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Renegade Ops Review

Renegade Ops Review

Publisher: Sega
Platform: Xbox 360, PS3, PC
UK Price (as reviewed): £9.99 (inc VAT)
US Price (as reviewed): $14.99 (ex tax)

It’s been 20 years since they were first released, but still nothing has come close to capturing the violent, top-down brilliance of Jungle Strike or Desert Strike. Maybe developers have left the beast alone, not wanting to ruin the memories. Perhaps it’s more to do with the licenses being spread across multiple companies. Maybe the potential has stupidly been forgotten. Your guess is as good as ours.

It’s not such a problem now, though, as Avalanche Studios has put aside time from making DLC for Just Cause 2 to create Renegade Ops, a no-nonsense dual-stick shooter for PS3, Xbox and, in the near future, Steam.

Based on what you could call an old-fashioned gameplay system - the left analogue stick drives your vehicle and the right stuck aims your gun - and an equally dated isometric viewpoint, Renegade Ops already sounds like it should be holding itself up with a Zimmer frame. The story, which involves taking down a megalomaniac who calls himself Inferno, feels like something from the 1980s too.

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A dated set of attributes, indeed, but that’s partly why we have fallen in love with this gem of a game. What Renegade Ops lacks in cunning plot twists and procedurally generated gimmicks, it more than makes up for with the sort of gameplay that made the Mega Drive famous. It’s undiluted action anybody can enjoy - the deliberately tongue-in-cheek story complements its bold visual style and simple control system.

If there’s one of the game's features that isn't behind the times, though, it’s the visuals. It’s as if Just Cause has been shrunk down to miniature proportions, because the 3D engine pulls no punches. Each explosion, of which there are many, looks so real you wonder why they don’t singe your eyebrows. Buildings crumble into dust as you plough through them, while power-lines topple with a flash and a fizz. The top-down perspective, as well as ensuring a constant frame rate, also means you can absorb this action perfectly.

There are four selectable characters, each of which has their own vehicle with its own characteristics. Armand, for instance, has a heavily armoured vehicle that can take a pounding, but it’s not as nimble as some of the other choices, making it harder for you to escape if you bite off more than you can chew.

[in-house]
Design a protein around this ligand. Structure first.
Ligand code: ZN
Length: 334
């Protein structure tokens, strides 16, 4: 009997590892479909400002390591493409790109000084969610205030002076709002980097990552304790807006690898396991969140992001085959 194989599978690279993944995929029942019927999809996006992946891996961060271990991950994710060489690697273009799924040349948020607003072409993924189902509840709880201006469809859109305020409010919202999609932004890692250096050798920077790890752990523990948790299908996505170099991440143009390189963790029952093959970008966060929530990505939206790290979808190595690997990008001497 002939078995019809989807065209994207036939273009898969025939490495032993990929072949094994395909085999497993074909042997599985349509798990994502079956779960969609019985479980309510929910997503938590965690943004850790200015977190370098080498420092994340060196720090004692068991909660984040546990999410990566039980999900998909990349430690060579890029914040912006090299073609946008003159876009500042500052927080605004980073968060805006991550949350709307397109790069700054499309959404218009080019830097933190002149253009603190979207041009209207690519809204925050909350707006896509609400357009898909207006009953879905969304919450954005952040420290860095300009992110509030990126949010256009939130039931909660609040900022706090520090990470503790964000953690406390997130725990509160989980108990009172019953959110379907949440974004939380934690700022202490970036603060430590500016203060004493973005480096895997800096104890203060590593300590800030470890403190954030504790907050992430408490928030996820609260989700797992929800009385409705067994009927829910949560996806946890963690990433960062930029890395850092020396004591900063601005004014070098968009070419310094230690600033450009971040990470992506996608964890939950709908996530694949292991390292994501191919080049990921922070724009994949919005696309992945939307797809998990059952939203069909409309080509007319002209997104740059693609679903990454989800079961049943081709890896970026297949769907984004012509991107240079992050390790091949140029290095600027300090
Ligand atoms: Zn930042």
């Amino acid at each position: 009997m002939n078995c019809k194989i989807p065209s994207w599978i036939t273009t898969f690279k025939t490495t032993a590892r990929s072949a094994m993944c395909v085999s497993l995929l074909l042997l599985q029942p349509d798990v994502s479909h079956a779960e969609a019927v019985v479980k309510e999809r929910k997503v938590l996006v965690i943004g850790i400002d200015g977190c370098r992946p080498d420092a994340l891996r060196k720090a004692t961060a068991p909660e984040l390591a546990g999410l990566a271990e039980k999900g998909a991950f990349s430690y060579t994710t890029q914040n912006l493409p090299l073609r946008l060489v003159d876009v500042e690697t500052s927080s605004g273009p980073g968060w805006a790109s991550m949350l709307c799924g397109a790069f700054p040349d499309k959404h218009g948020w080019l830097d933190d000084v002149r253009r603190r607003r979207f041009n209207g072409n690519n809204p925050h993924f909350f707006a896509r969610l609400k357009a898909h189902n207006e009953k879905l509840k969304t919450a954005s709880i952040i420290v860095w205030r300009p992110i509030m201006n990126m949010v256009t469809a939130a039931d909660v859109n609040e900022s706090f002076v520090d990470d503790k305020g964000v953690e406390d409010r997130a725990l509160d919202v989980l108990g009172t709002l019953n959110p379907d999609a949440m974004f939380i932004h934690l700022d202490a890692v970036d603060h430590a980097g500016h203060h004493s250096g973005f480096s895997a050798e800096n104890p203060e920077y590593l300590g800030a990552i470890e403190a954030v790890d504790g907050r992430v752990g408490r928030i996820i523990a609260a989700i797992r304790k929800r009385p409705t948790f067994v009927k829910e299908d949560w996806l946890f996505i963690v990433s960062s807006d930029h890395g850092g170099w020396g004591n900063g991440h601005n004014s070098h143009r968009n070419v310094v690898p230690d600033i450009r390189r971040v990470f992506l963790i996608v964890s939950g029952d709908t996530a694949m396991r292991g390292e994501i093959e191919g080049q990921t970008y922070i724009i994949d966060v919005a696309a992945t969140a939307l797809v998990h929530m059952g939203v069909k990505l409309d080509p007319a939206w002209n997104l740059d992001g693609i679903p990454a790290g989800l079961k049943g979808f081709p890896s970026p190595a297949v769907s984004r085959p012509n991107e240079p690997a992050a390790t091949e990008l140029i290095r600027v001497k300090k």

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Said vehicles can be upgraded via research points earned from levelling up. This means you can improve the cool-down period between each special attack, or you can add new skills. Using Armand as an example again, a few upgrades result in your invincible shield recharging more quickly. Towards the end of the tech-tree, you can upgrade to a battering ram that stops driving through buildings from slowing you down. Renegade Ops doesn’t offer plenty of upgrades, but there’s enough to keep you hooked, and the individuality of each vehicle helps a great deal with replayability.

Renegade Ops is therefore a little deeper than your average dual-stick shoot-em-up, but Avalanche Studio has focused on what makes the genre so grin-inducing - the action. Objectives rarely involve anything besides blowing up something, or some things, but that’s a good thing. A mixture of incredible visuals, strategic use of your special powers and an enemy AI that’s not afraid to cause you mental pain means the gameplay doesn’t get dull. Intermittent moments of flying a helicopter, apart from reminding us of our Desert Strike heritage, also serve as a welcome break from burning rubber and actually become some of the game’s greatest moments.

If anything, it's the lack of levels we found to be the game’s biggest problem. Unless you choose to play the game on Hardcore you can fire through all nine missions in four to five hours, skill depending.

We'll purge that thought now, though, because if you love games about simply blowing up things in a stunning fashion Renegade Ops is unsurpassed. It’s only made even better with local co-op for two players, or four players online, where it stands on its own two feet as a modern master class of the genre.

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